"On Top of It," 2018
oil on canvas
24" x 20"
at Barney Savage Gallery

"Andy Woll: Western Wear" at Denny Gallery, February 15-March 25, Lower East Side, NYC

Art review by Suzanne Unrein
Published in Delicious Line

Andy Woll's "Western Wear" at Denny Gallery is an orgy of muscular, slippery paint. The eight works on canvas and paper, inspired by Mount Wilson and the Santa Ana winds in Los Angeles, are motifs for Woll's robust dance of color, movement, and form.

In Mt. Wilson (Santa Ana II) (2017) a thin, rusted red pigment slides over a light bluish gray ground, suggesting a hint of smog. The peak is choreographed with thick, drizzly pinks, magentas, and yellows amid a fluid structure of browns and blacks.

The large abstraction, Santa Ana (2017), is a effusive, confident work, the paint let loose from a binding structure. Wind is made visual. Brushed on and scraped off, pigments slink, slide, crash, and mingle. Juicy reds and oranges counterpoint rich, brilliant blues. Bursts of yellow peek out of green mush. The undulating grays hold the piece together with a rhythmic freedom. The exhibit is a refreshing, dynamic rhapsody of intuition.
 

Andy Woll Santa Ana, 2017  oil on canvas 78 x 54 inches at Denny Gallery

Andy Woll
Santa Ana, 2017
oil on canvas
78 x 54 inches
at Denny Gallery

"Leon Golub: Raw Nerve" at the Met Breuer, February 6- May 27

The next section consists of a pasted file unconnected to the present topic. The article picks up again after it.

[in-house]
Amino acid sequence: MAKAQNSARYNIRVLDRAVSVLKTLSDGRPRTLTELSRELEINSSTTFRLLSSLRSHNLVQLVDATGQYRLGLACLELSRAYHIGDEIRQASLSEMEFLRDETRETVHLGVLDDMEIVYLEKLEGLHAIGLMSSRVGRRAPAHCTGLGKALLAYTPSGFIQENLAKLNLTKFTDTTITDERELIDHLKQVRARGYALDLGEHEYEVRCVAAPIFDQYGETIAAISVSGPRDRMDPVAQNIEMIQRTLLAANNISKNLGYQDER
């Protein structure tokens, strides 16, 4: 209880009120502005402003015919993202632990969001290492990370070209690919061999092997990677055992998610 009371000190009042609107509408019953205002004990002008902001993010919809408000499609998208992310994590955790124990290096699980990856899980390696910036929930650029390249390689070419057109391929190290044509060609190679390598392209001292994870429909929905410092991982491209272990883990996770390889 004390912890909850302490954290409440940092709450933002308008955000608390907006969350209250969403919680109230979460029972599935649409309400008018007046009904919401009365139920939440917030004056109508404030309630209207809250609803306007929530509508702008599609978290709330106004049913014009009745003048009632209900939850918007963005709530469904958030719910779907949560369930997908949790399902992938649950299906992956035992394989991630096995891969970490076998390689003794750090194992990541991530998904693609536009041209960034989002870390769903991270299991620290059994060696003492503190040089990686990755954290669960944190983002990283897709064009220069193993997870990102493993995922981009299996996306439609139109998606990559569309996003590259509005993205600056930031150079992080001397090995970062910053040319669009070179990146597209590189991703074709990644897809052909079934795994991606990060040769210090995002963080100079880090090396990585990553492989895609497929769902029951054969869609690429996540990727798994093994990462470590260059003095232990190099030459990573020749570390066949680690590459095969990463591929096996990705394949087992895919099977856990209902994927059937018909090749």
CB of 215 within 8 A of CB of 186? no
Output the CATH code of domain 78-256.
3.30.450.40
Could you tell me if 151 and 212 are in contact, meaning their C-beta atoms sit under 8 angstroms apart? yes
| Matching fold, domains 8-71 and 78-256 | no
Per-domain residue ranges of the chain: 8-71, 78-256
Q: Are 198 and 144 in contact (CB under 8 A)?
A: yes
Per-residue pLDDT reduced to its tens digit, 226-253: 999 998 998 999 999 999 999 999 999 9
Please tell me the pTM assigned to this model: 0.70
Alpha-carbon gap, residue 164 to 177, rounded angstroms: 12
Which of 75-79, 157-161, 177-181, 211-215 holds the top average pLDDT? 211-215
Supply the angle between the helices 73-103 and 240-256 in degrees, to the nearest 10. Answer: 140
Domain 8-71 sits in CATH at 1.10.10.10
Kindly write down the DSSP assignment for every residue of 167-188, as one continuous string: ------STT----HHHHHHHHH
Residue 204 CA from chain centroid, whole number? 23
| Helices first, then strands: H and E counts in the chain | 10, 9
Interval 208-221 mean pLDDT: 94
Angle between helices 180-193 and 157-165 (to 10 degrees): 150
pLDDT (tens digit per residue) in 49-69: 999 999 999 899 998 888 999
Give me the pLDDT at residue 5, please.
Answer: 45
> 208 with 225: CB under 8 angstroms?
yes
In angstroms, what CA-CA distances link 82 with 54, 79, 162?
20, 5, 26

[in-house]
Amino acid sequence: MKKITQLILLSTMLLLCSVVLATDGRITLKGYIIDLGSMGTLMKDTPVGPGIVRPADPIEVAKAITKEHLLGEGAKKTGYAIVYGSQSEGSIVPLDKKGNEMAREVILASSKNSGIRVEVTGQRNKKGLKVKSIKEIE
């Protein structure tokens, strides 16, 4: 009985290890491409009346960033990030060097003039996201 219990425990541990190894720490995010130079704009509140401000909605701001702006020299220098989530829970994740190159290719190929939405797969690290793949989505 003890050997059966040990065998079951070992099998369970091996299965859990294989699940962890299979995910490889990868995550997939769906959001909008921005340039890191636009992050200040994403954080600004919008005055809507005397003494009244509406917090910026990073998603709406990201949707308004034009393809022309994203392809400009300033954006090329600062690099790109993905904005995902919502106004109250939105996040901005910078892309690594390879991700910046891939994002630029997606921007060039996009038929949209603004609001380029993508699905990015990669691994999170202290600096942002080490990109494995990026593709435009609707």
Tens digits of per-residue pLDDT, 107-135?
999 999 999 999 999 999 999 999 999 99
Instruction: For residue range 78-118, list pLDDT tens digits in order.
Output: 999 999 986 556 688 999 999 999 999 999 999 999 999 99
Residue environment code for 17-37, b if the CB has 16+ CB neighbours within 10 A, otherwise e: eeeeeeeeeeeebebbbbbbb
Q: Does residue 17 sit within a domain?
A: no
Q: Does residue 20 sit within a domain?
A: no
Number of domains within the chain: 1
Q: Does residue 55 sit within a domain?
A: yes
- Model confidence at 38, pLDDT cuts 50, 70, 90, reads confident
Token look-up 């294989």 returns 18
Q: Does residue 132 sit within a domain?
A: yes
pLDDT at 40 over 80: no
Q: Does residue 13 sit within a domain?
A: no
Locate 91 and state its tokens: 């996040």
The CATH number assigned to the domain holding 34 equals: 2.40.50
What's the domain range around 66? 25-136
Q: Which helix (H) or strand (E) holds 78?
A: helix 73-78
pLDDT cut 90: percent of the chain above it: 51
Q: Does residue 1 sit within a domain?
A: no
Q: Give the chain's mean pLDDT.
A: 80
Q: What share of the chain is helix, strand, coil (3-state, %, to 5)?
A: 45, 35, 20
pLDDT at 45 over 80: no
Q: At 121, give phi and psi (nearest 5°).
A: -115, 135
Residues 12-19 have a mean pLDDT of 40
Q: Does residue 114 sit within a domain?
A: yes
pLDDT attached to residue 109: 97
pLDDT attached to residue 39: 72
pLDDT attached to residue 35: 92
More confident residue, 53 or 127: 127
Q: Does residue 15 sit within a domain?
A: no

Review by Suzanne Unrein
Published in Delicious Line

"Leon Golub: Raw Nerve" at the Met Breuer is a selected survey of his work from 1940 to 2004. Inspired by political and pornographic photos, classical art, and mythology, Golub sources a wide variety of images to create his aggressive and timely works. Interrogators sneer. Mercenaries torture. Good ol' boys posture with cruel authority. Pummeled on and scraped off, the paint mimics the crudeness it depicts with a visceral impact.

While known for his enormous paintings of political violence, Golub created later works that offer a despairing, sublime beauty. Small oilstick drawings of sex workers beckon the viewer as they fade in palimpsestic marks of bright red and blue. Bite Your Tongue (2001), an apocalyptic landscape, is deftly painted with large brushstrokes. Golub portrays the dog and decapitated head using subdued hues. A colorful banner to the left offsets the somber mood, announcing "Loyalty Discipline Renewal," a warning sign about our collective mortality.

Leon Golub "Bite Your Tongue", 2001 at the Met Breuer

Leon Golub
"Bite Your Tongue", 2001
at the Met Breuer